2. Federal vs. District governments

This subject is well known and was already identified as a major impediment to the development of the geothermal sector in Indonesia. It is clear that the central Government wishes to provide the local municipalities with greater autonomy. Whether this development was initiated because the difficulties to control far away regions (something done quite effectively by China with 4 times the population) it matters no. The fact is that the geothermal concessions or licenses are allocated by the municipalities which many times lack the expertise in this area. It is also a source of under the table deals which are not necessarily in the best interest of the country. Hence the built in conflicts when the developer is now trying to move though the federal government labyrinth of regulation and laws. Being not necessarily the best one to develop such resource is clearly an impediment to the process. In that case, the model should follow other countries like Turkey and the US. The concessions are to be afforded to the highest bidder who can also demonstrate its ability to take this project through.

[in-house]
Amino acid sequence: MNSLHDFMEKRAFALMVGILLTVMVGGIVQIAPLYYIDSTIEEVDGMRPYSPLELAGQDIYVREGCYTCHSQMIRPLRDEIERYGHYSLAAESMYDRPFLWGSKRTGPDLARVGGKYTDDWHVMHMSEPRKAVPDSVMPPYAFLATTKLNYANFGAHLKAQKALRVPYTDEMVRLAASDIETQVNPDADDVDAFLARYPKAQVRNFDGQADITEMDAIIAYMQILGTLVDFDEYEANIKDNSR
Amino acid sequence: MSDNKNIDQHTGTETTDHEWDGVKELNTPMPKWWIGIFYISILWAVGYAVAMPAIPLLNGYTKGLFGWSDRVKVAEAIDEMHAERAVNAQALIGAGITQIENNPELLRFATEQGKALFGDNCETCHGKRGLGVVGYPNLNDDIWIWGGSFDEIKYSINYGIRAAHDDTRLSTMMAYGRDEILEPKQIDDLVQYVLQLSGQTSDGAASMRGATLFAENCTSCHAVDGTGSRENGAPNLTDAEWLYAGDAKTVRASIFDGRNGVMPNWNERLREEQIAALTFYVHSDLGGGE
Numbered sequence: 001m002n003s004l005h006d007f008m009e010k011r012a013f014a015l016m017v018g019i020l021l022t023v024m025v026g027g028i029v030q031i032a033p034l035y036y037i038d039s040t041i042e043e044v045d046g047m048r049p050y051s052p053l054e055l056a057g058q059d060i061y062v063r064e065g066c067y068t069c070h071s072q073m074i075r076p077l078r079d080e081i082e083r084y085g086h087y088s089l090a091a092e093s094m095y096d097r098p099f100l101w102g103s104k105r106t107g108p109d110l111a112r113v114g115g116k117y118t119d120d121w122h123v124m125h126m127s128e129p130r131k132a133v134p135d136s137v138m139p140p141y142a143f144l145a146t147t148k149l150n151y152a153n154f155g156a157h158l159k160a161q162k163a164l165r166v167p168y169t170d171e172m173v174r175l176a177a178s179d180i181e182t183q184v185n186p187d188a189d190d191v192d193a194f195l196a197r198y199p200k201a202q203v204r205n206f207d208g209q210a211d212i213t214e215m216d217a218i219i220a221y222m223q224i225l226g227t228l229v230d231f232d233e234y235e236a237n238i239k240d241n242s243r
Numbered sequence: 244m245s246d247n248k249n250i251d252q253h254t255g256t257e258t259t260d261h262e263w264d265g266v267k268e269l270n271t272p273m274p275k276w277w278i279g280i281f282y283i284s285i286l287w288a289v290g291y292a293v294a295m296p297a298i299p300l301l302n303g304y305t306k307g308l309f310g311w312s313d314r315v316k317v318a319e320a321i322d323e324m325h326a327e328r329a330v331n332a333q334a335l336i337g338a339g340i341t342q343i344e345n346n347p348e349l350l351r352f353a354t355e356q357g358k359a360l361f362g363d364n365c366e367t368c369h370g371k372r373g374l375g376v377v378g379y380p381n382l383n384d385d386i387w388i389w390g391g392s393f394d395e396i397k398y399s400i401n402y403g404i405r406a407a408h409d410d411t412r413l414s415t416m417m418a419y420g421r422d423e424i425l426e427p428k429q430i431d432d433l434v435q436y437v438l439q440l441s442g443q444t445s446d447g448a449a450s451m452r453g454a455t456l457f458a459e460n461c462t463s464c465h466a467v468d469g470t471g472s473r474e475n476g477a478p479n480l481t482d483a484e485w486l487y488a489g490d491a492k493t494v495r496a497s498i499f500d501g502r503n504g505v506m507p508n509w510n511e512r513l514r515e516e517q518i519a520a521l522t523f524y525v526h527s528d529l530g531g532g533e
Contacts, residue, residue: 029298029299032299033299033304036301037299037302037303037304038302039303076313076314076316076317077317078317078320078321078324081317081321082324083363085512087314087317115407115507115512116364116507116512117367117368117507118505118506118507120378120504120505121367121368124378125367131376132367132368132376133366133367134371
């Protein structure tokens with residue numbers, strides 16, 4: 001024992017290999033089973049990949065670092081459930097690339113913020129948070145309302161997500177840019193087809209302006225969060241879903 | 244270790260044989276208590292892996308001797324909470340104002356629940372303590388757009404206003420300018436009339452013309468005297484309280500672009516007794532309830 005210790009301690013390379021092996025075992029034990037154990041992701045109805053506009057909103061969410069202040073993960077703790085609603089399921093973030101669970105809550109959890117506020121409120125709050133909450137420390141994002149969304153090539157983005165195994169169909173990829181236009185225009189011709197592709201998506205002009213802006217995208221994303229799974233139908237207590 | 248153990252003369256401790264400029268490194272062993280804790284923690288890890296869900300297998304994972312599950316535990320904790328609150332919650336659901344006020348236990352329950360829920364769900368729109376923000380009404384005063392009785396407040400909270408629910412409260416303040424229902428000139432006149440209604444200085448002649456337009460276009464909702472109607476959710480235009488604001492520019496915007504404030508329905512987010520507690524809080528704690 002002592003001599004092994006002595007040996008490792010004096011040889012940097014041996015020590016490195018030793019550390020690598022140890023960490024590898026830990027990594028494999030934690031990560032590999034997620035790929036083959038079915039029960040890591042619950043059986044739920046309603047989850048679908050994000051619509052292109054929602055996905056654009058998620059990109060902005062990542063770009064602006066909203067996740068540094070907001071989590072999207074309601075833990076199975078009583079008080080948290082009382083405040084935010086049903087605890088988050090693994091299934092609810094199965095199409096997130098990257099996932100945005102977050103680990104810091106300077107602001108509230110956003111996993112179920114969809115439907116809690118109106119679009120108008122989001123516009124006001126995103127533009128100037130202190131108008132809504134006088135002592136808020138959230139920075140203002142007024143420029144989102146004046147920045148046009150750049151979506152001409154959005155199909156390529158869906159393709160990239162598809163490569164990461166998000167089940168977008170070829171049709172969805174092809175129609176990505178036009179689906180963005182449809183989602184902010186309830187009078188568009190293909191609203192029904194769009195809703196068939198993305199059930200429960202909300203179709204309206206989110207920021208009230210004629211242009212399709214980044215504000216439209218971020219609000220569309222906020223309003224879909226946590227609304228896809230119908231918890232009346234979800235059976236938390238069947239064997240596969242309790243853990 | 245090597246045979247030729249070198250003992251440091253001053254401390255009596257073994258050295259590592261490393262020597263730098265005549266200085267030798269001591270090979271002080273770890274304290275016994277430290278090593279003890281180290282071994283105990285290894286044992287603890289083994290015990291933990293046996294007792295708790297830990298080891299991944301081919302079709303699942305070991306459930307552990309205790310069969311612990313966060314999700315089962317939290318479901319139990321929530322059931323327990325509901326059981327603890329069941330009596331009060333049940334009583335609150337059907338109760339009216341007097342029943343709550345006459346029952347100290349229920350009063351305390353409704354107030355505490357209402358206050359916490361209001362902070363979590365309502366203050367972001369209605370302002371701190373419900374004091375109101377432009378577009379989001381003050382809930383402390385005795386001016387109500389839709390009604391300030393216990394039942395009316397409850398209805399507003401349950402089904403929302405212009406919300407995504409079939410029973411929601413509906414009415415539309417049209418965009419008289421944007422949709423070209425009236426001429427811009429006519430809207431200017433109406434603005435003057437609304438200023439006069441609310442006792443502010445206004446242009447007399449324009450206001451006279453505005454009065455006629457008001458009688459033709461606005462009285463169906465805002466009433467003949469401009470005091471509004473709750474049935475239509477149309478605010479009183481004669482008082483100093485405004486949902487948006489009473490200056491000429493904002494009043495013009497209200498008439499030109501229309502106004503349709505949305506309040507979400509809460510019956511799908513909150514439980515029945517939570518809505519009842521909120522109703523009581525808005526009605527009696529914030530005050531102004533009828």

3. Clarity and consistency  

Once the Government of Indonesia decides to get serious about the private sector as the preferred alternative to develop the geothermal sector, it needs to engage in enacting the relevant regulations and laws which will secure a “level playing field” for the investors who will come en mass once the framework is in place. These regulations should be clear, transparent and consistent. Probably completely the opposite of the situation today which lacks clarity and consistency.

A few data points to consider;